What is Global Investing?
Global investing is the international spread of investment assets and is a means of portfolio diversification. Home bias, an investor’s tendency to only buy assets domiciled in their home country, is a fairly widespread occurrence. There is an underlying safety and predictability in the familiar so this aversion to foreign markets is not surprising.
Yet, home bias robs investors of the potential gains from global investing. Even for the United States which hosts the largest stock markets in the world by market capitalization, investors who focus on the U.S. alone miss out on the global pie. As at October 2016, the market cap of U.S. stocks was 36 percent of global market cap, a decline from 45 percent in October 2003.
Note that investing globally is not of itself a guarantee that a portfolio is sufficiently diversified. For instance, buying banking stocks in different countries is still risk concentration. If an adverse international economic event such as the 2007-2008 Global Financial Crisis were to strike, bank stocks in nearly all major economies would be impacted negatively.
Benefits of Global Investing
The advantages of global investing are similar to the benefits of diversified investment listed earlier. In addition, global investing has the following going for it:
- Mitigate Against Political and Sovereign Risk – National governments routinely make decisions that affect the business and investment climate in the country. Global investing ensures you are never completely at the mercy of any one jurisdiction.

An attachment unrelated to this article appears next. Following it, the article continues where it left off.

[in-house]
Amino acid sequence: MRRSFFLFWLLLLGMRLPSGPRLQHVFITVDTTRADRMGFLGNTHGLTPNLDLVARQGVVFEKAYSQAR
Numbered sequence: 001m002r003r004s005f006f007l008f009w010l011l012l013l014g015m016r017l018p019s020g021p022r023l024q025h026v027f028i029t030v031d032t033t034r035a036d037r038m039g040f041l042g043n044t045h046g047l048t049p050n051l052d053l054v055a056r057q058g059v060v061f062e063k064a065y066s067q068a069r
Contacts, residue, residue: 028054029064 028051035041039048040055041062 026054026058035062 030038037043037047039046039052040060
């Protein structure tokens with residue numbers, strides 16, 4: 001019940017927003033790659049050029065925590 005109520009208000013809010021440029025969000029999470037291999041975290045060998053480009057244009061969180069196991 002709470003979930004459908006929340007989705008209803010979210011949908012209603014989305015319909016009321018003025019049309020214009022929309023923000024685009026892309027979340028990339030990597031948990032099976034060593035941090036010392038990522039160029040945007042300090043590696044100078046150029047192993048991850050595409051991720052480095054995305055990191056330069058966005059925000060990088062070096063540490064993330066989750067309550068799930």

- Cushion Gains From Currency Swings – The U.S. Dollar has remained the preferred currency for international investing and business for decades. Yet, despite its relative stability, the dollar is not immune to currency movement. Global investing exposes your portfolio to multiple internationally traded currencies.
- More Balanced Exposure to Multiple Industries – As at March 31, 2017, five of the 10 largest stocks by market value in the U.S. are technology stocks (Apple, Alphabet, Microsoft, Amazon and Facebook). This is unusual compared to other economies. A portfolio that is comprised of U.S. companies alone is likely to be underweighted in traditional sectors such as automobiles, household goods and electrical equipment.
- More Consistent Performance – U.S. and international equities usually alternate in performance. For example, a bull market in America is often accompanied by slower returns or stagnation in Europe. The reverse is also often true.
Multinational vs. International Company Investing
Buying stocks of multinational businesses provides some degree of foreign exposure. It is however more beneficial to invest in international equities. Here’s why.